(x) Avoiding the creation of a legal precedent.
(xi) Preserving a commercial relationship and goodwill if worth saving.
(xii) Maximising gain by transforming a conflict into a mutually beneficial commercial arrangement (a ‘Creative Commercial Opportunity’).
In contrast to Litigation, in Mediation the possibilities are only limited by the imagination of the participants and their legal representatives. Whilst not infinite, ‘doable’ deals that ‘are enough’ are invariably possible.
My essay ‘Mediating Cultural Property Disputes’ is available to view on the ‘Mediating Art & Music Disputes’ page at www.carlislam.co.uk.
– Challenges & Opportunities.
– Unconscious bias.
– Loss aversion.
– Tools & Precedents.
– Issues for the Mediator to discuss during a Pre-Mediation Zoom call about preparatory steps and agreeing ‘criteria’ i.e., applicable ‘Principles of Restitution/Repatriation.’
NB: ‘A’ = artefacts which are the subject of a cultural property claim (i.e. both chattels & fixtures).
Amongst the issues I discuss is – ‘What is the cultural home of A? [‘H’] – which is linked to the concepts of:
· a ‘Lex Originis’;
· the ‘legitimacy’ of a place where A should be located (‘Patrie’ – i.e., the cultural ‘homeland’ of A);
· the applicable law being that of H – and what state law applies in default if the law of H is not a unified, i.e., recognised body of law in jurisprudence;
· the sovereignty of indigenous peoples and their human rights; and
the concept of the creation for public display, i.e., in a museum/gallery, of a ‘unity of art.’
‘Centre for Geopolitics at Cambridge University Panel Event about the Comprehensive and Progressive Agreement for Trans-Pacific Partnership (CPTPP).’ [04.08.2023]. My Q. was:
‘What are the geopolitical implications & potential consequences of the UK withdrawing from the CITPP in order to rejoin the EU as a full member?’
The recording has been posted on the ‘Geopolitical Challenges’ page at www.diplomaticlawguide.com. To listen to the answers provided by the panel of expert speakers fast forward to 38.15. What I picked up listening to the panel discussion and answers to my Q were:
· CPTPP will add £1.8bn/year to the UK economy after 10 years = less than 1% of UK GDP (around 0.8%).
· It is unlikely that the UK will rejoin the EU for at least another 10 years [i.e. because of: domestic issues; ‘they do not want us back’; & conditional on acceptance of the Euro].
· China & Taiwan are unlikely to join the CPTPP.
· There appears to be an Achilles heel in the CPTPP – Cyber-Security & Data Regulation. This is an obstacle to certain states being allowed to join. If rules were relaxed the UK might have to withdraw.
· There is no obvious security dimension/benefit of the UK being a member of CPTPP.
· Labour have no appetite to take the UK out of the CPTPP & to protect the image of ‘Global Britain’ as a totem are likely to maintain the Pacific tilt.
· A geopolitical consequence of withdrawing is that in Asia the UK would appear to be ‘going back to its European home’ i.e. being in geopolitical retreat.
· The world has changed. The conventional orthodoxy of the past about a rules-based global order eventually dominating & regulating international trade & competition between nation states no longer reflects reality.
· Perhaps there is an opportunity to design a new world order for international trade but that remains to be seen.
· Perhaps the CPTPP has a role to play in shaping that order?
· Meanwhile Britain & a future Labour Government who will want to get as close as they can to Europe, will have to make the most of what we have got, i.e. the situation we are in post-BREXIT.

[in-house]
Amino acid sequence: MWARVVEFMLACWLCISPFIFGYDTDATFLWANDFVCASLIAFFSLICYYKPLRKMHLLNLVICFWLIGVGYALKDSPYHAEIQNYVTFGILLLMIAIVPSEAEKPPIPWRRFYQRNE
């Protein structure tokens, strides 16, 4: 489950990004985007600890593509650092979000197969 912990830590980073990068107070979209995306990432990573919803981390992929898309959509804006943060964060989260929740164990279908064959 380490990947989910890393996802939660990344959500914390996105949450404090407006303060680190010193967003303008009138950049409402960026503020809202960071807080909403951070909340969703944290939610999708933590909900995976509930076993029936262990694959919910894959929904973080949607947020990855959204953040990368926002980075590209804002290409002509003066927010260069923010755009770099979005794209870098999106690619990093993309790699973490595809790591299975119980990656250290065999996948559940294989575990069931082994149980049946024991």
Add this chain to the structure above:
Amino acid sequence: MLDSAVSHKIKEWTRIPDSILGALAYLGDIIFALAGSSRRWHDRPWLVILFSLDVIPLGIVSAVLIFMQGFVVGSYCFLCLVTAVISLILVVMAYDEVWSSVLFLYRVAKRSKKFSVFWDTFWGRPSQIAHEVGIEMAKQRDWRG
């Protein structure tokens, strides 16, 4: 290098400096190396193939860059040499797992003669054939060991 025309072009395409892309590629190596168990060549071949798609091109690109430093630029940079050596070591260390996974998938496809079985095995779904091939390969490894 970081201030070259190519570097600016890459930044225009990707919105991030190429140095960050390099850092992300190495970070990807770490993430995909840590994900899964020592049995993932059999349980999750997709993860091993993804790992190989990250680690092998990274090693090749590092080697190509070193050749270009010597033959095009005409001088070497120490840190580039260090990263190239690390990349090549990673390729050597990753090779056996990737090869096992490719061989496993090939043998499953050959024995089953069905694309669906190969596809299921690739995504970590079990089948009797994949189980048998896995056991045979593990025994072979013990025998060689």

My overall & abiding impression is that in relation to political rhetoric, theory & ideology about achieving economic growth through international trade, the reality is that the UK is drifting on the high seas almost entirely at the mercy of competing ‘geopolitical’ trade winds over which we have little or no control & influence, & that steering economic growth will be a very slow & gradual process. Who knows what lies ahead? As a nation, we must decide who we are & what our values are in the post-BREXIT world of international trade. Otherwise, we have no political compass. For future Prime Minister Sir Keir Starmer – the biggest challenge will be to keep the ship upright & afloat in the perfect economic storm that BREXIT has brought about. Not the direction of travel. So expect a long & turbulent journey back to Europe.
Google ‘Extending Fixed Recoverable Costs: a note on the new rules’. NB:
- From 1 October 2023, fixed recoverable costs (FRC) will be extended across the fast track1 , and in a new intermediate track for simpler cases valued up to £100,000 damages.
- There have been substantial changes to Part 45 (Fixed Costs), which has been largely re-written. A new Practice Direction (PD) 45 sets out the relevant tables of costs. Changes have been made to Part 26 (Case Management – Preliminary Stage) and PD 26, as well as Part 28 (The Fast Track) and PD 28; changes have also been made to Part 36 (Offers to Settle). Consequential changes have also been made to other Parts.
- There will be a separate intermediate track, as recommended by Sir Rupert. The MoJ 2021 consultation response had envisaged intermediate cases being part of an expanded fast track. Instead, however, the fast track will remain as it is, and less complex multi-track cases under £100,000 damages will be allocated to a separate intermediate track.
- In the intermediate track, there will be four complexity bands (1 to 4 in ascending order of complexity) with associated grids of costs for the stages of a claim (see Table 14 in PD 45). The stages of intermediate track claims have been revised from those proposed by Sir Rupert, to provide greater clarity and better reflect the stages of cases, particularly because the costs for each stage include costs for earlier stages. As with the fast track, the figures of FRC costs for the intermediate track in the 2017 Jackson report (which were fixed at July 2016) have been uprated for inflation using the January 2023 SPPI.